College of Arts and Letters
921 S. 8th Ave., Stop 8087
Pocatello, ID 83209-8087
Programs of study in the College of Arts and Letters introduce students to ways of thinking and expression intrinsic to the arts, humanities, and social and behavioral sciences. Students are thereby aided in the development of intellectual skills and personal values which serve them in career planning and lifelong learning. The College is organized into a Division of Fine Arts and Humanities and a Division of Social and Behavioral Sciences.
Curricular offerings in the College lead to Associate of Arts, Bachelor of Arts, Bachelor of Fine Arts, Bachelor of Music, Bachelor of Science, Master of Arts, Master of Fine Arts, Master of Public Administration, Master of Science, Doctor of Arts, and Doctor of Philosophy degrees. Courses leading to these degrees provide an introduction to a variety of academic disciplines and in-depth specialization in numerous areas. Degrees from programs in the College of Arts and Letters may lead directly to employment in certain occupations or prepare an individual for more advanced study. Students planning to engage in graduate or professional training (for example, law or medicine) should pay particular attention to the admission requirements of the programs that they plan to pursue.
The College of Arts and Letters offers a variety of academic programs that develop skills in written and oral communication and critical thinking while exploring the diversity and scope of the human experience with both undergraduate and graduate students. Faculty in the College provide instruction and training of superior quality in the fine arts, humanities, social sciences, and behavioral sciences and produce innovative scholarship that advances knowledge. Through student and faculty collaborative endeavors, the College promotes opportunities for research and creative activities that investigate and enrich our shared cultural, economic, environmental, health, political, and social systems.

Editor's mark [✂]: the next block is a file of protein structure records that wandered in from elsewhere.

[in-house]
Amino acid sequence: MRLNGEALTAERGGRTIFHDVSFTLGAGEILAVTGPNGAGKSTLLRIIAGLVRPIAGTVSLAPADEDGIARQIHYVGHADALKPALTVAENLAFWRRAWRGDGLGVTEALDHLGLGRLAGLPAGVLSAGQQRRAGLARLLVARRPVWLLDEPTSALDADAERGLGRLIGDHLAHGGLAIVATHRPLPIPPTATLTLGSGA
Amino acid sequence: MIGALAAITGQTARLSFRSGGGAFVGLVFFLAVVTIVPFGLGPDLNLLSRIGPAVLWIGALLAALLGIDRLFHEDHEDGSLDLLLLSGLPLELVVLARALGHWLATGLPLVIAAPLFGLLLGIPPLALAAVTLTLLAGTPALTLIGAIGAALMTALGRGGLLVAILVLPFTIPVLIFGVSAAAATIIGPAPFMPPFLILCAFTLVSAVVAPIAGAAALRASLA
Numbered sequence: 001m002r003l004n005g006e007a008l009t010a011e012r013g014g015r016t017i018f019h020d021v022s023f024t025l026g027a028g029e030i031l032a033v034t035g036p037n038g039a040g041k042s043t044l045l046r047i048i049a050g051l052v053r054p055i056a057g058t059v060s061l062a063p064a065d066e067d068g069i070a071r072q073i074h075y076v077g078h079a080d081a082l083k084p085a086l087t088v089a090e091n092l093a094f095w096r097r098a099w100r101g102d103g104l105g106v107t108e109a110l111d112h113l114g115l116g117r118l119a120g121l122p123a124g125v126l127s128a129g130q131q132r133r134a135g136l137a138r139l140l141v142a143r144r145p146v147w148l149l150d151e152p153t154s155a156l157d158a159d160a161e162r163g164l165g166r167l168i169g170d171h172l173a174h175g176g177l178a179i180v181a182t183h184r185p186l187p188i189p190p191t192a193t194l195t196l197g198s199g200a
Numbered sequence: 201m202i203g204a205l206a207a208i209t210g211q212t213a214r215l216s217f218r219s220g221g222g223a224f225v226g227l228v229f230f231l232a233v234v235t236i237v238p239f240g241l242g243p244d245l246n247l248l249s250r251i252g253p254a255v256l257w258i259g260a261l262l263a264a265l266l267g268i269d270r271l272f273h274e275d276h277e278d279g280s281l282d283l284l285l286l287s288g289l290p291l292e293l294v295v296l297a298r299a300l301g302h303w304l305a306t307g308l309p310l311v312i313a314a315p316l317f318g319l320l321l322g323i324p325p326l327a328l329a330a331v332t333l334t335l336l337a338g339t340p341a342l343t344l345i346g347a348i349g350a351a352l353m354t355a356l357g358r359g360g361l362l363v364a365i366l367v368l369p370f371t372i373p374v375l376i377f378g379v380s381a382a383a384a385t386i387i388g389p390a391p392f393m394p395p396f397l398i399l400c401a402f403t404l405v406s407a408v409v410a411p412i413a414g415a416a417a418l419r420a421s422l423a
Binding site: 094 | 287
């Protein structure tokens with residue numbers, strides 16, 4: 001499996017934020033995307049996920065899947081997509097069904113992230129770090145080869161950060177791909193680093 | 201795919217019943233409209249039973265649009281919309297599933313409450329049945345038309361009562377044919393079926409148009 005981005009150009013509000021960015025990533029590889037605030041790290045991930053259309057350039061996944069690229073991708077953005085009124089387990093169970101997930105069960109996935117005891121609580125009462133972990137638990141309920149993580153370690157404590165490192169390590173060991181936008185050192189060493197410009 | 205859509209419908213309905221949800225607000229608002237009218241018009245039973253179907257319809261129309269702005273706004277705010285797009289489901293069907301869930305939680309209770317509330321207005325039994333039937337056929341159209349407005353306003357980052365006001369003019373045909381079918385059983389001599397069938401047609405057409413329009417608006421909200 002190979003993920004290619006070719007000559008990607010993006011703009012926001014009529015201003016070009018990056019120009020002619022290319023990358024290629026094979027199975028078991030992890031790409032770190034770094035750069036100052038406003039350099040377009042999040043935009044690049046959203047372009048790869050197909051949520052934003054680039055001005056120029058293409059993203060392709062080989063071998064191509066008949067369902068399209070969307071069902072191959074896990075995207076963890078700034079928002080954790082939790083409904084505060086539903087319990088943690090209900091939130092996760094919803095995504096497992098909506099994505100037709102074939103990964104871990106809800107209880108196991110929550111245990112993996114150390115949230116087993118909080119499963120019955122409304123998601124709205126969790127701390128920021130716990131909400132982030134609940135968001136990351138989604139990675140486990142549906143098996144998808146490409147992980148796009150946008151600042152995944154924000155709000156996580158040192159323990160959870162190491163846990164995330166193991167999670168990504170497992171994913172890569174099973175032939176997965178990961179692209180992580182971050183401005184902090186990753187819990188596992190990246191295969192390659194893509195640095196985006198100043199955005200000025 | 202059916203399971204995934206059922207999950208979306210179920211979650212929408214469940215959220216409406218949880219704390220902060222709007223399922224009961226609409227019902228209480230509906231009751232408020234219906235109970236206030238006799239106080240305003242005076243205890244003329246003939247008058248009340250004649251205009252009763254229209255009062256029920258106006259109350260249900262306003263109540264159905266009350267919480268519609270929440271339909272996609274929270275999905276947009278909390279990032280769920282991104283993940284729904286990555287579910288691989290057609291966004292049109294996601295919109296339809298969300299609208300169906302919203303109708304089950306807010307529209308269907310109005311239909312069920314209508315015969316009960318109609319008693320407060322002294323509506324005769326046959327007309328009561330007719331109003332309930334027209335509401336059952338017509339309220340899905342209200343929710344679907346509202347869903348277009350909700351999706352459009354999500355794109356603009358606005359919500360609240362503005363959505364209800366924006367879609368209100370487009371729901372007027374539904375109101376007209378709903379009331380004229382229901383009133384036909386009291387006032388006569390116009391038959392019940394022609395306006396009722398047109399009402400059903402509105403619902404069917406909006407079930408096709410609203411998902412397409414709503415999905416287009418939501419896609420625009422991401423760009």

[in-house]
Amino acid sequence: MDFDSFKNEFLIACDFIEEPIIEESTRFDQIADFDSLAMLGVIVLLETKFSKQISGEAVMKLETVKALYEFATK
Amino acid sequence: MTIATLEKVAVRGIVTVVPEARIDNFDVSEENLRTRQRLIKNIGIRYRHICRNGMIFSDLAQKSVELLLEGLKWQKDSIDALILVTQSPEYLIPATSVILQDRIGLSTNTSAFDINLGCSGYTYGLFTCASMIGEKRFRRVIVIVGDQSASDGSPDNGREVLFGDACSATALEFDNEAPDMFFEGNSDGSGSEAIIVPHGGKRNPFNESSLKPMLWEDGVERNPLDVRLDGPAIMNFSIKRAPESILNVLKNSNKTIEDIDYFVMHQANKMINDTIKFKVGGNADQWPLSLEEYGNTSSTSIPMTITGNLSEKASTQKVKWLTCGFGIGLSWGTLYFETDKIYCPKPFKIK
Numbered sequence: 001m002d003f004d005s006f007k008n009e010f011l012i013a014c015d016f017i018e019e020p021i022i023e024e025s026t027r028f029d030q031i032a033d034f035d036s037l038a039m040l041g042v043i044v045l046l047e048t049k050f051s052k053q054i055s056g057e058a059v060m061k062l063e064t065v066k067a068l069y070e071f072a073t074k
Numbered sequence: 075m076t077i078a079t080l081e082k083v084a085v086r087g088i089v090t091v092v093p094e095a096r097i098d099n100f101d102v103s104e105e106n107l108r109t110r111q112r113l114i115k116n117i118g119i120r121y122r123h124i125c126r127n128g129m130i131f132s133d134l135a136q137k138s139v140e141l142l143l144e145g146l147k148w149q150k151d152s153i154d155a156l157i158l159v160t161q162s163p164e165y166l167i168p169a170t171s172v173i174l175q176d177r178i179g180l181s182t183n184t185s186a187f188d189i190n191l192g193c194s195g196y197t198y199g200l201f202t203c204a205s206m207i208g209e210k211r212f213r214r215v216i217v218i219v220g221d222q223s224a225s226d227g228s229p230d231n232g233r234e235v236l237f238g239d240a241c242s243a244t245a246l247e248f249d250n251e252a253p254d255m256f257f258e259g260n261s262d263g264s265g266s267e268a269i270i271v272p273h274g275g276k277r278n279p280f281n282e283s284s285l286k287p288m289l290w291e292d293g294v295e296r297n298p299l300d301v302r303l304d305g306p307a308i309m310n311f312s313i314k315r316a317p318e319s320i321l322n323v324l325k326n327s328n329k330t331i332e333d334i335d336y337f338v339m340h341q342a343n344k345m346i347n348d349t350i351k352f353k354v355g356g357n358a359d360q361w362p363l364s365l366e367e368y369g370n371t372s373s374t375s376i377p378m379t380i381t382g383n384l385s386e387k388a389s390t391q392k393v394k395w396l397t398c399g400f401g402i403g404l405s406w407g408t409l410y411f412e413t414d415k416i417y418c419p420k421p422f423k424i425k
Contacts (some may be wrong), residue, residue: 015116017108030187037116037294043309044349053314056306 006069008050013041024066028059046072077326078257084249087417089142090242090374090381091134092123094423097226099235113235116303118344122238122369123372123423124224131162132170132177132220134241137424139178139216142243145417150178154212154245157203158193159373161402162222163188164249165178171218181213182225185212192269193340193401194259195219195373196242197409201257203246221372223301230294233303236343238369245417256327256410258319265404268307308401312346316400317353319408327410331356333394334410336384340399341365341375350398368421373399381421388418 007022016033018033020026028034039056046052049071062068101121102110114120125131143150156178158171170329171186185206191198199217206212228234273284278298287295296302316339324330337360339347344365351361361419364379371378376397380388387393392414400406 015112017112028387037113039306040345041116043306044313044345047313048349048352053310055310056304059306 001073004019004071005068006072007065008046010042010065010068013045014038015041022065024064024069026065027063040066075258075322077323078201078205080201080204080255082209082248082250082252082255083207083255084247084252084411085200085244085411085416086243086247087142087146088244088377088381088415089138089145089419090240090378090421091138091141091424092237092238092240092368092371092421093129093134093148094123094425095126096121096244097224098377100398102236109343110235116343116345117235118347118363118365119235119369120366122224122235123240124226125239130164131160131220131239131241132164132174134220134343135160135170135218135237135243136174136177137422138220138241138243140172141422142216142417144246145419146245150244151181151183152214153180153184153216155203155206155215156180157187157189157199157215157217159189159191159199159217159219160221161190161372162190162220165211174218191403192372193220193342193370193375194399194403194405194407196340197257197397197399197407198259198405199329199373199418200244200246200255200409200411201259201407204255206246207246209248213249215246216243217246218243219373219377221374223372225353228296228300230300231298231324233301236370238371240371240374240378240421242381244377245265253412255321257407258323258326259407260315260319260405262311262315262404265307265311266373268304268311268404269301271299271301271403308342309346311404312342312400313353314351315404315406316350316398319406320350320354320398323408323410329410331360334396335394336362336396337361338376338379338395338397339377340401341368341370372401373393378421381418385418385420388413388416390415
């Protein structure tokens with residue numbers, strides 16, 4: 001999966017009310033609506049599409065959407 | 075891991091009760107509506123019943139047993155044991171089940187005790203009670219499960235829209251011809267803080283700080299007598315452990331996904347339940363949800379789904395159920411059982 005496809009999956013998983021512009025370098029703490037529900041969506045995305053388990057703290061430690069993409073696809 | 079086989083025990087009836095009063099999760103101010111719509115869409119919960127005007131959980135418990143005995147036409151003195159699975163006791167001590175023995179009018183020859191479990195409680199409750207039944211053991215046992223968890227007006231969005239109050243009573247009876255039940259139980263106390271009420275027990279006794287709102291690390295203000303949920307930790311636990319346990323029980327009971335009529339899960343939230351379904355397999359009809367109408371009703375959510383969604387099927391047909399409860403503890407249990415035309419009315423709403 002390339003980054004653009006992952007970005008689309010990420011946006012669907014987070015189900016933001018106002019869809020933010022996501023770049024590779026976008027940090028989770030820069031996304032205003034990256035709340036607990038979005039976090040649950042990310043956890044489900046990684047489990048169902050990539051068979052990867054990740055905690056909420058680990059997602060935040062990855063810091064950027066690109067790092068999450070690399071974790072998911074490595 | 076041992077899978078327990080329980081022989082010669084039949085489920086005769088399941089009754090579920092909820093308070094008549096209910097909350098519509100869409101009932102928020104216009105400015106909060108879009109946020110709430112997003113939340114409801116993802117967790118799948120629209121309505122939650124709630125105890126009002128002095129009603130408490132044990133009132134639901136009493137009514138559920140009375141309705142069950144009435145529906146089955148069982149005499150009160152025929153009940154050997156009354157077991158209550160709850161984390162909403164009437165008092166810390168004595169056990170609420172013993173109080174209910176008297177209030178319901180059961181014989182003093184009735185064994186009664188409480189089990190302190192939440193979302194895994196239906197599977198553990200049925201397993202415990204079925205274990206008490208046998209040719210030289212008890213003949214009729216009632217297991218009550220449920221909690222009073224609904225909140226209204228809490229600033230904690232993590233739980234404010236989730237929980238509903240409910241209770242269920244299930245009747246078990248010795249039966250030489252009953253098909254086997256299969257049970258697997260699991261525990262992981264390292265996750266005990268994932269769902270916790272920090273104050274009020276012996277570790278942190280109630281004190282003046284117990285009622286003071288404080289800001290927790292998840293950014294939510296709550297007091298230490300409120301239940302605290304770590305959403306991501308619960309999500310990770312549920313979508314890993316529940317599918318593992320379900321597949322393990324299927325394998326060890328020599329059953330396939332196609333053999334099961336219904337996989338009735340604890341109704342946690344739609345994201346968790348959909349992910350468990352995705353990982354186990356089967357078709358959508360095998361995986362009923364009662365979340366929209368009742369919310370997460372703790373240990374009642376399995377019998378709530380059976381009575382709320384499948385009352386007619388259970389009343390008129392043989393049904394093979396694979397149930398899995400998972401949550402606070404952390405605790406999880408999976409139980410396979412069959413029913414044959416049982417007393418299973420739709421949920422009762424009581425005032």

General Education Requirements
All Associate and Bachelor of Arts and Bachelor of Science degree programs include a general education component intended to provide a depth of knowledge in liberal studies as a necessary background for the specialized knowledge acquired in the discipline in which the student majors. Additionally, the General Education Requirements are intended to assist the student in developing the intellectual flexibility necessary for a fulfilling career.
By meeting these requirements, students develop their critical thinking skills as well as competency in oral, written, and mathematical communication. They also acquire habits of thought traditionally associated with the well-educated person: the ability to analyze and propose solutions to problems; the ability to recognize and assess value structures; and the ability to investigate and understand the literary and expressive arts. The General Education Requirements are described in the Academic Information section of this catalog.
Students transferring to Idaho State University who seek a bachelor’s degree in the College of Arts and Letters should refer to the section, “Transfer Students” in the Undergraduate Admission section of this catalog.
In addition to the general education component, all Bachelor of Arts and Bachelor of Science degree programs require a concentration in a departmental major of at least 24 credits, of which at least 16 credits must be in courses numbered 3000 and above. The particular course requirements of the departmental majors in the College of Arts and Letters are outlined under the department headings in the catalog.
The Teacher Education Program
The College of Arts and Letters shares responsibility with the College of Education for the Teacher Education Program. Students may fulfill the requirements of the Teacher Education Program while majoring in a discipline within the College of Arts and Letters. The Teacher Education Program admission and completion requirements are detailed in the College of Education section of this catalog.
The successful attorney is one who understands how changes within society affect the relationships between and among people. An effective attorney should have an understanding of human behavior; social, political, and economic change; our ecological systems; and the general influence of our philosophical, literary, and historical heritage. Hence, the student with a broad undergraduate preparation and a developed insight into many facets of life attains the best educational preparation for the practice of law.
The student who aspires to attend law school should seek the counsel of one of the Pre-Law Advisors:
Dr. Zac Gershberg, Communication, Media, and Persuasion
Dr. Edward Kammerer, Political Science
Dr. Justin Stover, History
Dr. Russell Wahl, Philosophy
These advisors will help create a pre-law curriculum designed to accommodate the student’s major and help him/her prepare for the Law School Admission Test and a career in accordance with the principles discussed above.